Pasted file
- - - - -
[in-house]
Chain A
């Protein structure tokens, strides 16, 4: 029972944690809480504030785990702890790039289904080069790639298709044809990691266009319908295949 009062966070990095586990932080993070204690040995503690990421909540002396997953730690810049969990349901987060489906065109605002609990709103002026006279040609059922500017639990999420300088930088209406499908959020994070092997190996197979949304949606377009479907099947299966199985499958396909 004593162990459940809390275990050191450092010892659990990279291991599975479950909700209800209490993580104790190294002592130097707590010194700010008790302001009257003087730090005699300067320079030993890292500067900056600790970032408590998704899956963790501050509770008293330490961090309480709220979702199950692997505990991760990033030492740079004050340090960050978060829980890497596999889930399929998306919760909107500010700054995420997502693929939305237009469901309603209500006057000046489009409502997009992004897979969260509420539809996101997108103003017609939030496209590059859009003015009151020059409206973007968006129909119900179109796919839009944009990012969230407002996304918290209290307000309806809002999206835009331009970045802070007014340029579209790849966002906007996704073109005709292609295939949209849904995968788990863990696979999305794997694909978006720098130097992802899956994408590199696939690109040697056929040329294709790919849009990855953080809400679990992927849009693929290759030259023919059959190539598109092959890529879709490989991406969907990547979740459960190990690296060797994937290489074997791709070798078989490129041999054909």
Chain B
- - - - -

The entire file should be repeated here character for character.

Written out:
[in-house]
Chain A
């Protein structure tokens, strides 16, 4: 029972944690809480504030785990702890790039289904080069790639298709044809990691266009319908295949 009062966070990095586990932080993070204690040995503690990421909540002396997953730690810049969990349901987060489906065109605002609990709103002026006279040609059922500017639990999420300088930088209406499908959020994070092997190996197979949304949606377009479907099947299966199985499958396909 004593162990459940809390275990050191450092010892659990990279291991599975479950909700209800209490993580104790190294002592130097707590010194700010008790302001009257003087730090005699300067320079030993890292500067900056600790970032408590998704899956963790501050509770008293330490961090309480709220979702199950692997505990991760990033030492740079004050340090960050978060829980890497596999889930399929998306919760909107500010700054995420997502693929939305237009469901309603209500006057000046489009409502997009992004897979969260509420539809996101997108103003017609939030496209590059859009003015009151020059409206973007968006129909119900179109796919839009944009990012969230407002996304918290209290307000309806809002999206835009331009970045802070007014340029579209790849966002906007996704073109005709292609295939949209849904995968788990863990696979999305794997694909978006720098130097992802899956994408590199696939690109040697056929040329294709790919849009990855953080809400679990992927849009693929290759030259023919059959190539598109092959890529879709490989991406969907990547979740459960190990690296060797994937290489074997791709070798078989490129041999054909």
Chain B